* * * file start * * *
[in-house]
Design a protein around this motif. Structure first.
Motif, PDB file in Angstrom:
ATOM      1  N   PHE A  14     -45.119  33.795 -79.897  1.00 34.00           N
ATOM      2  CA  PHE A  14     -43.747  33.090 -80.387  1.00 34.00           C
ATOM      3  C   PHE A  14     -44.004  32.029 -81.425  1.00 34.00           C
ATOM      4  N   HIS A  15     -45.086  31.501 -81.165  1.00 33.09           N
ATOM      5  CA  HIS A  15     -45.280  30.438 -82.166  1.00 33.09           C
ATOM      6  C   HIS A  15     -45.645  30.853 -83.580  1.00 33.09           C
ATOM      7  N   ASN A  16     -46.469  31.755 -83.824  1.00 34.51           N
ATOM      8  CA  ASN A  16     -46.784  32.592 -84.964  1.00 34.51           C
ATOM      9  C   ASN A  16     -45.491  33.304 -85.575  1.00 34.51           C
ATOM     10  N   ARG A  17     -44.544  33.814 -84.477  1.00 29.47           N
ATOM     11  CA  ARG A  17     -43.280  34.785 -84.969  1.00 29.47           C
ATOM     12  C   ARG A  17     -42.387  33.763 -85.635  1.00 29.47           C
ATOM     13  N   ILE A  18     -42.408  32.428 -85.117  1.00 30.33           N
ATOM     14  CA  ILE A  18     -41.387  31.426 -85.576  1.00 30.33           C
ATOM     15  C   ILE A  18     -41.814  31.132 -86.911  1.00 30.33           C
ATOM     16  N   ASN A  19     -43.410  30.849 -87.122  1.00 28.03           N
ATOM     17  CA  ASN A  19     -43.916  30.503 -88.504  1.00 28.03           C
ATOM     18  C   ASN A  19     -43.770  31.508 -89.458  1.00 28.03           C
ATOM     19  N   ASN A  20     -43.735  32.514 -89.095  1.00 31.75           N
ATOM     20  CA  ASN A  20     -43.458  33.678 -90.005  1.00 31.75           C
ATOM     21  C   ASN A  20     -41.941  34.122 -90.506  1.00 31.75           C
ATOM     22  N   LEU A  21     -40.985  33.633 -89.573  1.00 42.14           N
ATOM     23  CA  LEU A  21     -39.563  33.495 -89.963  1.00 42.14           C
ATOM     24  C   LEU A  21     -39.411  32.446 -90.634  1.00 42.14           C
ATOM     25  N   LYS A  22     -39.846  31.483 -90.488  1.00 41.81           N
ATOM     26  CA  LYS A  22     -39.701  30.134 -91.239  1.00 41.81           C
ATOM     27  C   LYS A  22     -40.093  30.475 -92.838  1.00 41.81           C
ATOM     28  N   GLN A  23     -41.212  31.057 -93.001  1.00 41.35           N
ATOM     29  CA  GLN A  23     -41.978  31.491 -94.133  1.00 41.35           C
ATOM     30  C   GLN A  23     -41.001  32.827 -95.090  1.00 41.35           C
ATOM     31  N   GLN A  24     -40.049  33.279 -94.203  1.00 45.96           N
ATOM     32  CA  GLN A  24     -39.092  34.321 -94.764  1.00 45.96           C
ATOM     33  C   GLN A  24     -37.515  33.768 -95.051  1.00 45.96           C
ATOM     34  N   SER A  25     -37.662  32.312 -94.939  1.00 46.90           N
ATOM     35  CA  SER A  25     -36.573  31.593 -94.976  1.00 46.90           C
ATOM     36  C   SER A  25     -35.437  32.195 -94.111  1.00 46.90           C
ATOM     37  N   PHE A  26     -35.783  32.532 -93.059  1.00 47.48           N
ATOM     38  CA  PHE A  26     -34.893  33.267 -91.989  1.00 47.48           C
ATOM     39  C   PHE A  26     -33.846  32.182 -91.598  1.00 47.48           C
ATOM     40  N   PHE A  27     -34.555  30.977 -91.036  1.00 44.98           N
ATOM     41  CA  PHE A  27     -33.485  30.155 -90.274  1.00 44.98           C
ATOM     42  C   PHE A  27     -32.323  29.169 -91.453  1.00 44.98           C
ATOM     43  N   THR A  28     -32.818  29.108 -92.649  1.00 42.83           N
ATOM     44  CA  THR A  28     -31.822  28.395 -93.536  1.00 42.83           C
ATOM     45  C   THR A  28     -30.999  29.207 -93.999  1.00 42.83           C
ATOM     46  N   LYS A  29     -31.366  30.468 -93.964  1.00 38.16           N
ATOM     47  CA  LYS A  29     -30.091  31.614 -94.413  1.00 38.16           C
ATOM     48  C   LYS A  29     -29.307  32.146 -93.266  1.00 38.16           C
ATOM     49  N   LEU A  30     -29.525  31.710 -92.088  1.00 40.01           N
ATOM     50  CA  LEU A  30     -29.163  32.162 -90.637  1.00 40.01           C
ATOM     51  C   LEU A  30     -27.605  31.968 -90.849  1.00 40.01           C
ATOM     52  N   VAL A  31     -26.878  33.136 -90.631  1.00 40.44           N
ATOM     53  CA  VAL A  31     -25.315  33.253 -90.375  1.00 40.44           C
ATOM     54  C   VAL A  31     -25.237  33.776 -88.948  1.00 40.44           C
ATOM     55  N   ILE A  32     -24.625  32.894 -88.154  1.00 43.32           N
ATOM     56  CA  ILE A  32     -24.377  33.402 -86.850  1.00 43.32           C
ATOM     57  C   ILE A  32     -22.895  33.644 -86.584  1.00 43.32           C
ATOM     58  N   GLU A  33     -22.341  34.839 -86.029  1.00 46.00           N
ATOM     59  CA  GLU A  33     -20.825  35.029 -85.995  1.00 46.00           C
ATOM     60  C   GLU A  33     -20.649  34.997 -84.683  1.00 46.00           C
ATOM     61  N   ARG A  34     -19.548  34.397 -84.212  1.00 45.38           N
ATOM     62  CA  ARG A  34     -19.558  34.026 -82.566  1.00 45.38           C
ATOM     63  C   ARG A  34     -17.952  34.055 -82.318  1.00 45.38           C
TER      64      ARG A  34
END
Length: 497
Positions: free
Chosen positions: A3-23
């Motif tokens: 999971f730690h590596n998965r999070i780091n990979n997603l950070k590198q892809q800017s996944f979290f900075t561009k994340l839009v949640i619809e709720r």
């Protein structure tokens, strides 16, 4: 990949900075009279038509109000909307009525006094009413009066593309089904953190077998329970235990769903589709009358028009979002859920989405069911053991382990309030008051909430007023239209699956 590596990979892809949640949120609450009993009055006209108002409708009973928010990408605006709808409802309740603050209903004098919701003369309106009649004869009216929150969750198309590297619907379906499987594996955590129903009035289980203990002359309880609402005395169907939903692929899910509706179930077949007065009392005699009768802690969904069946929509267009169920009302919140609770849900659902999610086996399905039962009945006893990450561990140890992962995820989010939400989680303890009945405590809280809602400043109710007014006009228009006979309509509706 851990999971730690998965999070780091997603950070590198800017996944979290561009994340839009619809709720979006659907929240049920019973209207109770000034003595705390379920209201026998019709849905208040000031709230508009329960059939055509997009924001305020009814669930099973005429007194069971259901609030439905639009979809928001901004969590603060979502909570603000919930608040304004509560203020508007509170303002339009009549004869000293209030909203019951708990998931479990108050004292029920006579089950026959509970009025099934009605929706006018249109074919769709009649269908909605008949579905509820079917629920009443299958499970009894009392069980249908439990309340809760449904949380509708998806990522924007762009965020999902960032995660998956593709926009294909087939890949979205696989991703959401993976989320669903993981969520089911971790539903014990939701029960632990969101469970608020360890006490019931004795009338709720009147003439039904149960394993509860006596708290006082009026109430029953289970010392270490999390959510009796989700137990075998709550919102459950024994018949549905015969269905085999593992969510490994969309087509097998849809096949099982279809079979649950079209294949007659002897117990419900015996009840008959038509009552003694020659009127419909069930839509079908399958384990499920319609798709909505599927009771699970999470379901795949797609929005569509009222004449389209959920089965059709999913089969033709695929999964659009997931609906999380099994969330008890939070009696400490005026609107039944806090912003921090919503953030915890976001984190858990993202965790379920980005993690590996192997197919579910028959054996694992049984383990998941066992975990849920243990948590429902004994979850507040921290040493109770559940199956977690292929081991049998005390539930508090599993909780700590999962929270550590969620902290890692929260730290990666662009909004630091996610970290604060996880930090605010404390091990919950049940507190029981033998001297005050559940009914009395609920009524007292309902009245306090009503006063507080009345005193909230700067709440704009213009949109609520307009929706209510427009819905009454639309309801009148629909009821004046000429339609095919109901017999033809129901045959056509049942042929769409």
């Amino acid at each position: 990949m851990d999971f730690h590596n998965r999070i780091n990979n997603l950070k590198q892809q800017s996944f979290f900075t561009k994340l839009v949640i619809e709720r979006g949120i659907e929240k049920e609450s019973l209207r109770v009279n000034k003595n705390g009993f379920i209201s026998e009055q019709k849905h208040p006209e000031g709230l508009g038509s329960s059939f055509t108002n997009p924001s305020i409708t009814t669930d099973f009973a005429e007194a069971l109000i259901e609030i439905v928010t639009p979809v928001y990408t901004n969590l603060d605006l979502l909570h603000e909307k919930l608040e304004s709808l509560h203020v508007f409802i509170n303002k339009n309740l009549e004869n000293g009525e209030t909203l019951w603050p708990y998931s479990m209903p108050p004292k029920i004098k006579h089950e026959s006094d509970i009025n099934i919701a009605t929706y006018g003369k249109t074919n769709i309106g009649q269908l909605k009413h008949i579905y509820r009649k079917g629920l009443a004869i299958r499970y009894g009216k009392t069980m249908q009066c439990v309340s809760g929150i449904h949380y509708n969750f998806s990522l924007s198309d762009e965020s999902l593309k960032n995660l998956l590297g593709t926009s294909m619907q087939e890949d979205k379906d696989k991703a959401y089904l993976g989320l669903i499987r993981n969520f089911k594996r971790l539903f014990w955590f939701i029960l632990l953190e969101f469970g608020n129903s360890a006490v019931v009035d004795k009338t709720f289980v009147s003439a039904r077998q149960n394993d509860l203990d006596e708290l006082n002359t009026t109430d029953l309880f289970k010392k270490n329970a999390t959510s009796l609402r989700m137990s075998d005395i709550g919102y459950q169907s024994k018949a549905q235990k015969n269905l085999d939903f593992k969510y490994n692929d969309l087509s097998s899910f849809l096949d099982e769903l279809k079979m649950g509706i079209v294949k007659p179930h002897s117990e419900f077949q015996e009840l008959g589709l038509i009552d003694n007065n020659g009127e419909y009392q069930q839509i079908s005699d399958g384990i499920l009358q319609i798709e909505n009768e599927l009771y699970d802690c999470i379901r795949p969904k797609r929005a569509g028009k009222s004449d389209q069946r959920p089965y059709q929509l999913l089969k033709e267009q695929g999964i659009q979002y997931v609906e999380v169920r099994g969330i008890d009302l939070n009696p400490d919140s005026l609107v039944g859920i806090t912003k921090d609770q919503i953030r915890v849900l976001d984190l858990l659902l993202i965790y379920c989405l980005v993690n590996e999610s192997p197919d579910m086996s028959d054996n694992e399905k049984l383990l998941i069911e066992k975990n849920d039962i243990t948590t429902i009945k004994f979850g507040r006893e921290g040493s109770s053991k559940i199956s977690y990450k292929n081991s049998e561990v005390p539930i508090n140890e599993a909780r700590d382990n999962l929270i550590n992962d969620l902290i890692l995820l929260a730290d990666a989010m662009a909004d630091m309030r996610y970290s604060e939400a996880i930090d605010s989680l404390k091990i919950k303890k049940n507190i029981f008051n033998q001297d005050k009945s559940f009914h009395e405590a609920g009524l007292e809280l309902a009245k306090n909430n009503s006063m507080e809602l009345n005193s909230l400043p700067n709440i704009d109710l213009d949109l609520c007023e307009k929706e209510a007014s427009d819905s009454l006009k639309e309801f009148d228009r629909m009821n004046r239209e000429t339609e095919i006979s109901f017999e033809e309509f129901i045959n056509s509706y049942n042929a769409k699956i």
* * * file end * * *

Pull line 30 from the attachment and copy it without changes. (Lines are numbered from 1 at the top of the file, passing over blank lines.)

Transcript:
ATOM     27  C   LYS A  22     -40.093  30.475 -92.838  1.00 41.81           C